A Nor'easter boosted action, but East Coast ducks have become stale since
Warm weather has been the bane of waterfowl hunters along much of the Atlantic Flyway — locally and on duck production areas to the north — for most of the season. One big storm hammered the coast this past week and pushed ducks and geese to grateful hunters throughout the flyway. Unfortunately, hunting success has tapered a bit since the storm, with ducks and geese spreading out on inland ponds.
That trend should hopefully end with the predicted lows around Christmas. Temperatures are expected to drop to single digits in some spots, freezing the smaller ponds and backwaters that have ducks scattered. That should push birds into their historic wintering areas and toward anxiously waiting hunters. But despite the warmer-than-normal temperatures, waterfowlers are still managing to connect.
Lawrence Seaman III is a third-generation bayman who makes his living on the waters of Long Island's South Shore, catching and selling crabs, clams, and other bait species. He spends seven days a week on the water, year-round. The waterman states that hunting pressure has been slightly below normal and thinks it might be because of the highly variable waterfowl numbers this season.
Western Long Island is seeing consistent black duck numbers, with some mallards and gadwalls in the mix on the nastier days, said Seaman, who has seen goose numbers peak and wane with this past week's Nor'easter. Goose numbers are down since the last major coastal low, seeming to have pushed them farther south after the storm.
He saw the first divers appear a few weeks ago. Numbers of greater scaup, or broadbills as they are known locally, have started to build. The number of buffleheads and mergansers present are about average for the time of year. Brant numbers are slightly below average. Seaman also reported that sea duck numbers have been well below their normal numbers so far. Hopefully, they are just staging farther up the coast.
Seaman suggested that the key to successful hunts is focusing on extreme weather days. Of course, you must be mindful of the wind, and don't venture out in weather your boat can't handle.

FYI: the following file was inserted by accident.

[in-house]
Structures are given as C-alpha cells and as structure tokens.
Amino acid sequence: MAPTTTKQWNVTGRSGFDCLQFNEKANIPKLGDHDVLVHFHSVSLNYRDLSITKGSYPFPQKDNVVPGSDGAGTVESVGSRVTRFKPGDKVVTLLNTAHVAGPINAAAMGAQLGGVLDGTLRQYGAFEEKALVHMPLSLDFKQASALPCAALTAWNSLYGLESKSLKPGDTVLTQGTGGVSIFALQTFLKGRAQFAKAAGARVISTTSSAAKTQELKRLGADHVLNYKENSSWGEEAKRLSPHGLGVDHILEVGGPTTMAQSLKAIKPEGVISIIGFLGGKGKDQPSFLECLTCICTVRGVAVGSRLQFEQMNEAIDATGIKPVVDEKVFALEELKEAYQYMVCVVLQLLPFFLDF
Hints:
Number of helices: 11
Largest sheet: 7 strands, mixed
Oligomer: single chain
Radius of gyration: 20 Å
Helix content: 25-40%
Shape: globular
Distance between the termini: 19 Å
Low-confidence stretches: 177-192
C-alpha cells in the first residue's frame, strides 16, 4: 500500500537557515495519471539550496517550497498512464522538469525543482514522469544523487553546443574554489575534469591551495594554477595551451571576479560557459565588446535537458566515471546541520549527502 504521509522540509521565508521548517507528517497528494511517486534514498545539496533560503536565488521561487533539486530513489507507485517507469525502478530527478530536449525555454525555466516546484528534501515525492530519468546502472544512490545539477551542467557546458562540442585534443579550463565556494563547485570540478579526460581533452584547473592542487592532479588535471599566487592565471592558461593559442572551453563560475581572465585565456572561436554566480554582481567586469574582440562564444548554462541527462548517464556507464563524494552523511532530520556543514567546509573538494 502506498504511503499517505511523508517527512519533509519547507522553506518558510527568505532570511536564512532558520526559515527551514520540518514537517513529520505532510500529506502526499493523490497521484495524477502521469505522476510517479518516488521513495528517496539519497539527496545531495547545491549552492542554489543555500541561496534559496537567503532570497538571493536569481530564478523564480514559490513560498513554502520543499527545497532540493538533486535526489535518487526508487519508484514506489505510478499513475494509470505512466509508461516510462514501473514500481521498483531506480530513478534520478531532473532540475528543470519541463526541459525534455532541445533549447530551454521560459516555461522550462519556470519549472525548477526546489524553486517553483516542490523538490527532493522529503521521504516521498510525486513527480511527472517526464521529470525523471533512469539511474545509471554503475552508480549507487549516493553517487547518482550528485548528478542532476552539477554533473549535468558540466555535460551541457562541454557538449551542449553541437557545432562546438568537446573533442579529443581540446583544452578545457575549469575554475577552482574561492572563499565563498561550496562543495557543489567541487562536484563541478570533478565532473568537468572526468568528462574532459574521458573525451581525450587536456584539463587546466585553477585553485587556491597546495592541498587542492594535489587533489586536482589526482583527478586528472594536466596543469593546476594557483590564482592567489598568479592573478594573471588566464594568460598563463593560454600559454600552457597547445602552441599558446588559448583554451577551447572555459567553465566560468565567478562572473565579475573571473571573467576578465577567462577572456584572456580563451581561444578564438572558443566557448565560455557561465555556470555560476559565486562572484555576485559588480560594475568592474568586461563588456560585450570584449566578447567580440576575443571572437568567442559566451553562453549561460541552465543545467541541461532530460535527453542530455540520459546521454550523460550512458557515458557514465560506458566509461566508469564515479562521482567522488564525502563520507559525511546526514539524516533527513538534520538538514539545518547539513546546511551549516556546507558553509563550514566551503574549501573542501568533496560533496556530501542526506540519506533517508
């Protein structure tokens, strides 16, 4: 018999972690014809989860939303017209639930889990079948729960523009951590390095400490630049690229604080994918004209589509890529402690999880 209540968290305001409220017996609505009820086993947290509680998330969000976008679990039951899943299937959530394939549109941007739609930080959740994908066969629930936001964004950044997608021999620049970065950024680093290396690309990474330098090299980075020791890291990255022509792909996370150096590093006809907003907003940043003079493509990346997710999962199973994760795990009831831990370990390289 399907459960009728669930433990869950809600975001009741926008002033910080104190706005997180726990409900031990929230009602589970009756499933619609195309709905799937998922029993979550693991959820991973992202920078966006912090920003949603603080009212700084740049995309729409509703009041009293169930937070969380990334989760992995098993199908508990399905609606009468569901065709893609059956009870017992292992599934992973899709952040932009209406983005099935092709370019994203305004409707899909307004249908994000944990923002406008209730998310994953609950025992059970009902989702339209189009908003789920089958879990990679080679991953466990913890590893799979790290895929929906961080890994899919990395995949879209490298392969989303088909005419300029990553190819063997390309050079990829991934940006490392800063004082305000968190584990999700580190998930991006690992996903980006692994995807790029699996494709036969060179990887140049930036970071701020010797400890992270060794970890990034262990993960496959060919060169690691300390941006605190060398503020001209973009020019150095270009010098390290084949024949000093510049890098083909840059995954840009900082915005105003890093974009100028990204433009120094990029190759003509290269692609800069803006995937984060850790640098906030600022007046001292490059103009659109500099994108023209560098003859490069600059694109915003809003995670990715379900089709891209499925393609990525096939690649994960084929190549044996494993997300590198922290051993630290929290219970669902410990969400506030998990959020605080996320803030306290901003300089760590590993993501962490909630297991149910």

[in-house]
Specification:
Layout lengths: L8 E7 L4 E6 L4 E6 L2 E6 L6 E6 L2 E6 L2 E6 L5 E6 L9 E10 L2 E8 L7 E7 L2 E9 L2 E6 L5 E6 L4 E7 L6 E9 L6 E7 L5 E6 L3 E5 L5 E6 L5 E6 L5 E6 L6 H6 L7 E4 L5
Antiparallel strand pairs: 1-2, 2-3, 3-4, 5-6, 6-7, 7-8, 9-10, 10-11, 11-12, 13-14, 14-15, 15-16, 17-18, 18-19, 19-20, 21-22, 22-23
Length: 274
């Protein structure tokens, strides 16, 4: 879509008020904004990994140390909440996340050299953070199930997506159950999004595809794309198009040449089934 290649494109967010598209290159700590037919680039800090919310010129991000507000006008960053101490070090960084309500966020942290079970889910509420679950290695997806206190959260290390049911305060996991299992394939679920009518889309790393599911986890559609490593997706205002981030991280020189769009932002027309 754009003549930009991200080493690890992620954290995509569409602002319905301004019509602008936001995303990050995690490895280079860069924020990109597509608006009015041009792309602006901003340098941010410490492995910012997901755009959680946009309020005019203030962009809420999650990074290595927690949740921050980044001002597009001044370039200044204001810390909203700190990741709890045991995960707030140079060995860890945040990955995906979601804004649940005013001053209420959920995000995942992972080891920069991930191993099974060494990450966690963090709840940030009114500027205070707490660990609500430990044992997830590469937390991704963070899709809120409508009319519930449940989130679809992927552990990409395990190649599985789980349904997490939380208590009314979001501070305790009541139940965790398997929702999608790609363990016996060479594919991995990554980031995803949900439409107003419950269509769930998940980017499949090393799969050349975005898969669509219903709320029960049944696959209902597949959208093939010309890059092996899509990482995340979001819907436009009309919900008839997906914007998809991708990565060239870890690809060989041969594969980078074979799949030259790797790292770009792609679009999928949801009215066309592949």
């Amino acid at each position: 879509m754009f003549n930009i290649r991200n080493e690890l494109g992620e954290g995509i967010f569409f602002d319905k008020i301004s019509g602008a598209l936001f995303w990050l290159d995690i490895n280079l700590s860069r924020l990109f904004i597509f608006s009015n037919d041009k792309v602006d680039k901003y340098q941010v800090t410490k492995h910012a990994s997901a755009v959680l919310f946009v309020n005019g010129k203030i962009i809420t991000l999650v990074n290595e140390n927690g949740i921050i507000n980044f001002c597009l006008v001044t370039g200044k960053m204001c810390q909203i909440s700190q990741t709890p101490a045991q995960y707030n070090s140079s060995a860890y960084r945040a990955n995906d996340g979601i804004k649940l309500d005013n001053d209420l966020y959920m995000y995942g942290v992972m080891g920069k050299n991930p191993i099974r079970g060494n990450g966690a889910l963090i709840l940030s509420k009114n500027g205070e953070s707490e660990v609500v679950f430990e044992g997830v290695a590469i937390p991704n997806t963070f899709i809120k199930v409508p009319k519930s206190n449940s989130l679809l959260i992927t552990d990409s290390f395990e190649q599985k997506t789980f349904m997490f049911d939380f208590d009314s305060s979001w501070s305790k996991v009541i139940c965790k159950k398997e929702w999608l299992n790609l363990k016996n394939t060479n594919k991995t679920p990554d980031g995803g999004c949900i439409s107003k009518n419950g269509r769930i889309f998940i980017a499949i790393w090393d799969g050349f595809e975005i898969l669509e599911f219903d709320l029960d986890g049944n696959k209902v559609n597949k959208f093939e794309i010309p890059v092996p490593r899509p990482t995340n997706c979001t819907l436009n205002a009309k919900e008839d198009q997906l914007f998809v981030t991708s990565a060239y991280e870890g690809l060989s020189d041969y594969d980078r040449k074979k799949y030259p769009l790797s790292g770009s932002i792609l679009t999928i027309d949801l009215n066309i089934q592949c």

Al Dager is a First State native who has hunted, fished, and crabbed around tidewater Delaware since he was 7 or so. He has been guiding waterfowl hunts professionally for almost 50 years, gaining notoriety as one of the most successful waterfowl guides in the country, with a stable of loyal clients to prove it. He also has more than 35 years of experience competing in calling contests, so it's safe to say he knows a thing or two about ducks.
Dager said the season started out good, with plenty of teal to go around. Things got a little stale in his neck of the woods until the big blow that accompanied this past week's Nor'easter. That storm pushed plenty of ducks his way, leading to some productive time in area blinds. Ringnecks, teal, and hooded mergansers made a strong showing.
Unfortunately, things have started to slow down with the passing of the storm. But there are still ducks to be found, especially in the areas around Bombay Hook and Little Creek. And the season has some high points.
There are more black ducks than I've seen, said Dager, who also said goose numbers are very high. He expects the upcoming goose opener to be very good in the Delmarva area. And duck action should only improve as the mercury plummets.
Farther south, Brad Gurganus of GGS Outfitters (https://ggsoutfitters.com/) reported that hunters in North Carolina have found success from the backwaters to the big water. Overall, duck numbers are good in the Tar Heel State, though some species are making a better showing than others.
Gadwall, teal, and wigeon have made up most of the outfitter's bag limits, as he's hunting primarily flooded impoundments. But the big story is definitely wigeon, which have appeared in numbers not seen in recent years. And they have decoyed quite nicely for those in Gurganus' blinds.
Sea duck numbers are another high point — or at least they were. About three weeks ago, the Sound held more scoters than Gurganus had seen in quite a few years. However, they seemed to have dissipated somewhat. He isn't sure where they went, but hopefully they turn back up before the close of the season.
As for North Carolina's most iconic game bird?
Oh, the swans are here, Gurganus said. We had two groups of swan hunters out this morning, and it didn't take long to get 'em.
The late season usually brings some of the best gunning in the Atlantic Flyway. And with the predicted weather, that should hold true. Just don't forget to ask Santa for some colder weather and full skies.
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